Her skull was fractured. And her leg was broken.
However, beyond those basic facts, the seriousness of security guard Erica Mack's injuries, sustained during a gatecrashing incident at Ultra Music Festival 2014, was unknown.
At least until yesterday, when Mack spoke for the first time, after seven months of silence, about her brain bleeds and surgically repaired right ankle as well as the $10 million lawsuit she's filed against Ultra, the City of Miami, and others.
Now she and attorney Eric Isicoff have also released x-rays and photos of her broken leg, which is being held together by screws and metal plates.
See also: Erica Mack Discusses Ultra Lawsuit
Though she also arrived at Jackson Memorial Hospital with two separate breaks in her skull and experienced "bleeding on the brain," Mack did not require cranial or neurological surgery.
For a time, doctors believed it might be necessary. There was "a lot of wait-and-see and monitoring," she says, "because they were hoping the brain swelling would go down on its own. And it did, fortunately."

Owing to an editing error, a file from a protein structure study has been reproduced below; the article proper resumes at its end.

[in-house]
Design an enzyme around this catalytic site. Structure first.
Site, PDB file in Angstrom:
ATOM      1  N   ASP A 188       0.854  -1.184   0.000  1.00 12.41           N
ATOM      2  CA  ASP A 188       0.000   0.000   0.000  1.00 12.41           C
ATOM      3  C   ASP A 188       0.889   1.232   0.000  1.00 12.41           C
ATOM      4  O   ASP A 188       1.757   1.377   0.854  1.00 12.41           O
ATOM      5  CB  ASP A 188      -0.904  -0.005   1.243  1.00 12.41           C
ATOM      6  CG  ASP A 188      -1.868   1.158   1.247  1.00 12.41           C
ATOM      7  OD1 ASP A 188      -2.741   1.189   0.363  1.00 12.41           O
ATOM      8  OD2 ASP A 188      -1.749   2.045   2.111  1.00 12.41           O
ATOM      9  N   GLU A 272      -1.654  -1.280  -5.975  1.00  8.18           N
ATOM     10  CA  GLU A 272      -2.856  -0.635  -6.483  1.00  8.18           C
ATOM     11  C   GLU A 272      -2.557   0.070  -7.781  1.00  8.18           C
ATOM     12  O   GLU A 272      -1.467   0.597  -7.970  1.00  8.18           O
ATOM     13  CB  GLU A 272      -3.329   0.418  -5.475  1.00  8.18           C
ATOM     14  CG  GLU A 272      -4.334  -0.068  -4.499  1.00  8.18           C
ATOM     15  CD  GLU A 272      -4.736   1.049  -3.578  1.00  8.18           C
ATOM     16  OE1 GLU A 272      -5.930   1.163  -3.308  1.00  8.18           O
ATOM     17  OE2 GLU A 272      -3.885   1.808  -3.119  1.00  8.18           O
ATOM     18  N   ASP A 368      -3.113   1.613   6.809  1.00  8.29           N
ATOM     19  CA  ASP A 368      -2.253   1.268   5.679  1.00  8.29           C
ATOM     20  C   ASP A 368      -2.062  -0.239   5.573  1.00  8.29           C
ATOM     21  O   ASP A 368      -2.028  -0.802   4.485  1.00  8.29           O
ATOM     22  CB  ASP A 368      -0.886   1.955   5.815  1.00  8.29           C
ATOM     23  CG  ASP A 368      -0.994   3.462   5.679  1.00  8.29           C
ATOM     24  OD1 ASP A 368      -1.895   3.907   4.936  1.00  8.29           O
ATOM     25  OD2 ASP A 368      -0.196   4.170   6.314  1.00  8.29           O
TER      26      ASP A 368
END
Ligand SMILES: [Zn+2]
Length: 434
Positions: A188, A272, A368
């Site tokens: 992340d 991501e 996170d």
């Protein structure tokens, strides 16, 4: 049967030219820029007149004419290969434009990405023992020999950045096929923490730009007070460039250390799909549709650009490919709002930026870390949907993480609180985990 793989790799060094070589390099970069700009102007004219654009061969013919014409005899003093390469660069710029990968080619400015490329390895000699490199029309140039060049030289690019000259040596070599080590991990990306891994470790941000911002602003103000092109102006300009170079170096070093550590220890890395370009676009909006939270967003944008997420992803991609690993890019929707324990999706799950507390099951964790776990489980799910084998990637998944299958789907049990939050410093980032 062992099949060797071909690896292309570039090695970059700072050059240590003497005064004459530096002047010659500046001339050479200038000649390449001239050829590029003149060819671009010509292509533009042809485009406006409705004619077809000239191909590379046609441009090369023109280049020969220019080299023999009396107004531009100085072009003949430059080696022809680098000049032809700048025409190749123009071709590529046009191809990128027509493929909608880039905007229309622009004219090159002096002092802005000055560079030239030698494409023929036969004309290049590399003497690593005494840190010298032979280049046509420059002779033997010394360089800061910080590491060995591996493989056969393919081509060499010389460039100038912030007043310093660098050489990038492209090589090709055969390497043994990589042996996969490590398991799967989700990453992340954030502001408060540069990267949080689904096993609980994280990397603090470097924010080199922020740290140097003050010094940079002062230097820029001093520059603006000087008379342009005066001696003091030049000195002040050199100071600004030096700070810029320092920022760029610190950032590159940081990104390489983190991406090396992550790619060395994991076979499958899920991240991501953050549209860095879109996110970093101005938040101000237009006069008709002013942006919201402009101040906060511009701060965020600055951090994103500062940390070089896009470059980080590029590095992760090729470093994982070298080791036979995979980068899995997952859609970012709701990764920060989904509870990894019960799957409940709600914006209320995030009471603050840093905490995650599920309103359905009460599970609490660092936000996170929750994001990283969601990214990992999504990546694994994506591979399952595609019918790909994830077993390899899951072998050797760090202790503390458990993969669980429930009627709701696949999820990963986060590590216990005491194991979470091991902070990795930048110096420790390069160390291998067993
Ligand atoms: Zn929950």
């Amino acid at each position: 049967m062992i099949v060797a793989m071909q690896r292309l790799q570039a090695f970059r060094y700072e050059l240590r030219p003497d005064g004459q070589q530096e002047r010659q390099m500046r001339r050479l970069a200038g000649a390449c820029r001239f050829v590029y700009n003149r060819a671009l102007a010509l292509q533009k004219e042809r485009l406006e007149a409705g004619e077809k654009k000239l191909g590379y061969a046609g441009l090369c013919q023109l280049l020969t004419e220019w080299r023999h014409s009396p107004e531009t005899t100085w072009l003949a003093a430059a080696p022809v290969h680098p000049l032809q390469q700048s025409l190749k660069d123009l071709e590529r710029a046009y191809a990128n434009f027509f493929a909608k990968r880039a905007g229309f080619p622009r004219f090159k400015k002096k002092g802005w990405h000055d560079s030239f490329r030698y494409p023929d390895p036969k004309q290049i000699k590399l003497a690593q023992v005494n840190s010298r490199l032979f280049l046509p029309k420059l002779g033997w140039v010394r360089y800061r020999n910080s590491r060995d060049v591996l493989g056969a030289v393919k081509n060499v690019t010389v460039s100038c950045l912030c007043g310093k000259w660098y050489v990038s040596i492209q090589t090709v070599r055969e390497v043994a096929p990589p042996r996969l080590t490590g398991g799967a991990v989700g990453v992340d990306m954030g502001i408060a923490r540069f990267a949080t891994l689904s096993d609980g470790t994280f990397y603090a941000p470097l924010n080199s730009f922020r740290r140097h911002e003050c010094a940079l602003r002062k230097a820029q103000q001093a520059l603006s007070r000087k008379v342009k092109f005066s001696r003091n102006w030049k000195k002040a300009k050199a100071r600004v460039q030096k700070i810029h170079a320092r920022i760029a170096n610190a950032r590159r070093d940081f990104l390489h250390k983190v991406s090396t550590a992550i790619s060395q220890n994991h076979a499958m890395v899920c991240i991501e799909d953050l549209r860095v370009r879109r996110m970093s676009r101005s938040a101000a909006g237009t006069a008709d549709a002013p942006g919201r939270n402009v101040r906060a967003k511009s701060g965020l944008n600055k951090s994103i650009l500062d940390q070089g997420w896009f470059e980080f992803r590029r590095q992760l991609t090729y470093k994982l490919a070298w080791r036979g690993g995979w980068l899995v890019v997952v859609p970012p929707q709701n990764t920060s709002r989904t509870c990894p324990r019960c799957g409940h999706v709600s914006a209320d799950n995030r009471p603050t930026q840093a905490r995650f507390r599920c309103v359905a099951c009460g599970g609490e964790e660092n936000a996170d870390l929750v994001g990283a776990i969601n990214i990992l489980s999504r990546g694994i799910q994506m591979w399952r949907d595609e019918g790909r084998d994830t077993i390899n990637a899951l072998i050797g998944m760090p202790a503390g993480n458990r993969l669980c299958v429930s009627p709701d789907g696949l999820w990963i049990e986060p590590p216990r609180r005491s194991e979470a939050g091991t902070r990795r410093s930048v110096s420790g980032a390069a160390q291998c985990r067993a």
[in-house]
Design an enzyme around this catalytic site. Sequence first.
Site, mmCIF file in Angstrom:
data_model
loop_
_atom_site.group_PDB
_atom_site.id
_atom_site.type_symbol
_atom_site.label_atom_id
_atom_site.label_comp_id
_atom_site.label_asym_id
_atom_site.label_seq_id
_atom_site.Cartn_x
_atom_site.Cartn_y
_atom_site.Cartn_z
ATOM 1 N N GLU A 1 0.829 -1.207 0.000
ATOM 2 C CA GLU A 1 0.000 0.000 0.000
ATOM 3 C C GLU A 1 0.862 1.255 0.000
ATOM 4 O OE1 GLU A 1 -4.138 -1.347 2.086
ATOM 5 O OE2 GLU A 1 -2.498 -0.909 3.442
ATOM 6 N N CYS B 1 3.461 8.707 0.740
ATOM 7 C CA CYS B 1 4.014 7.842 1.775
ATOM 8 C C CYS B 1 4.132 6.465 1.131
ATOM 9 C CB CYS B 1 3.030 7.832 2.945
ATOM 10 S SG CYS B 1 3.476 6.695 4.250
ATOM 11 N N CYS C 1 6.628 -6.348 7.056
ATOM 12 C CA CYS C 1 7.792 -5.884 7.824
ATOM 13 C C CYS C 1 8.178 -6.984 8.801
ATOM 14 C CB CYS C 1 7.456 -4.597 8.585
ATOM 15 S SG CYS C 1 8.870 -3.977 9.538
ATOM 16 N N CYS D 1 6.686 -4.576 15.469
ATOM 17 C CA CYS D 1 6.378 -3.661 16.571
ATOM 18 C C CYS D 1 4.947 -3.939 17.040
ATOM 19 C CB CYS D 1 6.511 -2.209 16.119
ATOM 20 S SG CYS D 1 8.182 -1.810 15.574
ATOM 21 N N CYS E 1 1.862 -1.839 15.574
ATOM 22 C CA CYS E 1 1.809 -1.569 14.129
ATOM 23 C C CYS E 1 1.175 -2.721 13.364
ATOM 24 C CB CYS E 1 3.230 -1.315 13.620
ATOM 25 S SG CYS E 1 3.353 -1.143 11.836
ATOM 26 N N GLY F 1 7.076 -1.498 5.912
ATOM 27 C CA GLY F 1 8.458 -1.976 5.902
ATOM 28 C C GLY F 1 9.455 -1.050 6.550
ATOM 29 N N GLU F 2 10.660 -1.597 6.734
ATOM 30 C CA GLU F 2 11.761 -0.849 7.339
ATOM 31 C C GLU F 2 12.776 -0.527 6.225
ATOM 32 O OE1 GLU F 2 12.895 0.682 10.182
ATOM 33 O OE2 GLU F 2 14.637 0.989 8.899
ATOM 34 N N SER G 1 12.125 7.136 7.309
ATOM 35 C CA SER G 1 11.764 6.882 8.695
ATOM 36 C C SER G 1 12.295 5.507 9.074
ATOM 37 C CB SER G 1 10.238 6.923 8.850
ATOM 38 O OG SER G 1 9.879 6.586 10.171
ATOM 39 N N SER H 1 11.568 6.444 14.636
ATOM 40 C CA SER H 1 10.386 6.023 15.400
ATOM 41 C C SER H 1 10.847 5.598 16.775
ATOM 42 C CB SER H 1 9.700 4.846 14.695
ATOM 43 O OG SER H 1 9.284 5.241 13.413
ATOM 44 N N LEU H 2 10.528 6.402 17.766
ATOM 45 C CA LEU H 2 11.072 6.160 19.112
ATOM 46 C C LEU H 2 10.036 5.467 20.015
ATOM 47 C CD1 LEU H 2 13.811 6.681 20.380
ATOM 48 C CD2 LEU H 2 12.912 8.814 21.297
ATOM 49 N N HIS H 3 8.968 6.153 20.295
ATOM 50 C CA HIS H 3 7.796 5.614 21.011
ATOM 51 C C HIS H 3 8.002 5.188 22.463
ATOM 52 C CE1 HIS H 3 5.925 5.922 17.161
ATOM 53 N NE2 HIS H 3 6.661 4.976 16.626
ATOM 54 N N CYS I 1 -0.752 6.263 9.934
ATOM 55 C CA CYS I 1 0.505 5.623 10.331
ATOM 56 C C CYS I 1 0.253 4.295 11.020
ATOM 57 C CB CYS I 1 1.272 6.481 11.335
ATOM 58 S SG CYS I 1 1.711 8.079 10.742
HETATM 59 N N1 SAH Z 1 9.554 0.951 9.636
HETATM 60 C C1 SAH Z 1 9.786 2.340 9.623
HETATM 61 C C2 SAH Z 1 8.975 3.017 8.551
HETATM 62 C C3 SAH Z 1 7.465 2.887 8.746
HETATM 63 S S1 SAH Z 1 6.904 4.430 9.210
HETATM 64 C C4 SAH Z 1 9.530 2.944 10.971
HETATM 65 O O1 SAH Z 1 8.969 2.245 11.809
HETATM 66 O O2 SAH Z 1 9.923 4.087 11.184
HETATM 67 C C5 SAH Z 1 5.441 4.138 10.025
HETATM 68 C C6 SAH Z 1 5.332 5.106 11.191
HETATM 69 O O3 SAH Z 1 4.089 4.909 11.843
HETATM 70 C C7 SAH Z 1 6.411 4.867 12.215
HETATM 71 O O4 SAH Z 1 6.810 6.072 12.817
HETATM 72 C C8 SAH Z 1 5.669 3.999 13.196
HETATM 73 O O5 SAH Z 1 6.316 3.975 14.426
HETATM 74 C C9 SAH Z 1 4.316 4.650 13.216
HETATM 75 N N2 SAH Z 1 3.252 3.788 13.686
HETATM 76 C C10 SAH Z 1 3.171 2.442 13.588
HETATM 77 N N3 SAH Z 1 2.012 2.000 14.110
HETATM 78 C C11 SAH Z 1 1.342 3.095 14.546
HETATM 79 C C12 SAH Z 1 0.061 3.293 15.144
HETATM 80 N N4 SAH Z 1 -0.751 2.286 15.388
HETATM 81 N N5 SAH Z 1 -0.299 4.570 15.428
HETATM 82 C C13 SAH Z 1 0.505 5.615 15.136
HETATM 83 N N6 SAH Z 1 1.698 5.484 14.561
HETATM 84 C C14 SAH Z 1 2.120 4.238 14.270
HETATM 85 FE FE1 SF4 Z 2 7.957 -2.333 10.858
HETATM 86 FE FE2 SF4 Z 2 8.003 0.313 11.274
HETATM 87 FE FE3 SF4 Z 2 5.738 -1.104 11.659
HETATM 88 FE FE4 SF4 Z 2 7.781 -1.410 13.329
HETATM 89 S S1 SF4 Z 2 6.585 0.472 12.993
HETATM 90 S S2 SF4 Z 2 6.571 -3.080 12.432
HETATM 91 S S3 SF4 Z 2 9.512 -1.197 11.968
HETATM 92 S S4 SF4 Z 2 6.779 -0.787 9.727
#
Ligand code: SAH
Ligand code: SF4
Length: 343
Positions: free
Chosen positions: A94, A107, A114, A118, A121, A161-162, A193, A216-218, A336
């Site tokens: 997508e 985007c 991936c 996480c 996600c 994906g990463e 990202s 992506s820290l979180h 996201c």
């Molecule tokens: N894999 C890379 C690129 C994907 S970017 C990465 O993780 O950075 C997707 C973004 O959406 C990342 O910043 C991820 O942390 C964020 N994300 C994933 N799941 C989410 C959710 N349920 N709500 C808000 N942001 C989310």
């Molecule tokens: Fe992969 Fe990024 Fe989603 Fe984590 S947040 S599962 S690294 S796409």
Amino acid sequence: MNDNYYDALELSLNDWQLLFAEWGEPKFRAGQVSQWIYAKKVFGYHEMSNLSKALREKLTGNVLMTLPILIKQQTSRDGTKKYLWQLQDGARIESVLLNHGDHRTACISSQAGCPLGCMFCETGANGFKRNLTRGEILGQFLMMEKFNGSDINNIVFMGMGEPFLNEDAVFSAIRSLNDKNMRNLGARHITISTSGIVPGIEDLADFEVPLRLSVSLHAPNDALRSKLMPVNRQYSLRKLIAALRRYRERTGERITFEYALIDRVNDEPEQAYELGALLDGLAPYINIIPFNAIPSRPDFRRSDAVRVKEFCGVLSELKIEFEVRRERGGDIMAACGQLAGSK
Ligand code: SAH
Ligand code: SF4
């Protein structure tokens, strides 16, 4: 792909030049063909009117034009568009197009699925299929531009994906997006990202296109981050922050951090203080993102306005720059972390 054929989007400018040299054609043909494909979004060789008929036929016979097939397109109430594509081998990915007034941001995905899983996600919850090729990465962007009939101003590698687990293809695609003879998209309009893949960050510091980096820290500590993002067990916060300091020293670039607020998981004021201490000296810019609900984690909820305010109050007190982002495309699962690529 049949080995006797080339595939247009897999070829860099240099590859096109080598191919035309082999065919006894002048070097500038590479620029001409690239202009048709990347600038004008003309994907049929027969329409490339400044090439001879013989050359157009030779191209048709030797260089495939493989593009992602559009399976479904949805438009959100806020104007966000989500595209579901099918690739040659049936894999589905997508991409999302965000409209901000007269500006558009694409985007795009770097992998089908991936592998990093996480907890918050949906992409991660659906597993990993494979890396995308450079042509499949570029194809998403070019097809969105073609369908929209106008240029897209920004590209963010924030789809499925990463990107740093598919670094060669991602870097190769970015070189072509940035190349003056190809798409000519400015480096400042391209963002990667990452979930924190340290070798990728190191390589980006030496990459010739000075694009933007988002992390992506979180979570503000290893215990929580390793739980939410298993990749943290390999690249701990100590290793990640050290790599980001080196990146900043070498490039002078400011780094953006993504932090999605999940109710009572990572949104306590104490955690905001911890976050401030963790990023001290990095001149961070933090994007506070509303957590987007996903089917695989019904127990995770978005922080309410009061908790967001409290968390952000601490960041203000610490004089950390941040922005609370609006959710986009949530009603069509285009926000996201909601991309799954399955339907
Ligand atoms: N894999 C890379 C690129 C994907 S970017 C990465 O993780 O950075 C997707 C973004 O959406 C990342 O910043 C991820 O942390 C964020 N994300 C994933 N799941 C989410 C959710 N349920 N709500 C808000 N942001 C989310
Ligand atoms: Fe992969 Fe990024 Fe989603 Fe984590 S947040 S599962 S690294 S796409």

Her ankle, however, was fractured in multiple places. It needed to be repaired. So the doctors inserted eight screws into her leg. And they stabilized it with a long, thin metal plate.
For the two weeks after suffering her injuries, Mack remained at Jackson Memorial. Then she went home to recuperate. And by "late April, early May," she began rehabilitating her right ankle and leg. "The rehab's been very difficult, very painful," she says.
The injuries and their lingering effects are also preventing her from working. "I'm limited as to what kind of employment I can get into in the future," Mack says. "I don't have full range of motion in my ankle and leg. I can't lift heavy things. I can't stand or sit for long periods of time."
So far, the bill for her medical care has run into the hundreds of thousands of dollars. And the cost is still increasing.
It's those injuries and that expense, attorney Isicoff says, along with "her future lost earning opportunities, her future pain and suffering," and the festival's alleged negligence that have led Mack to demand $10 million.
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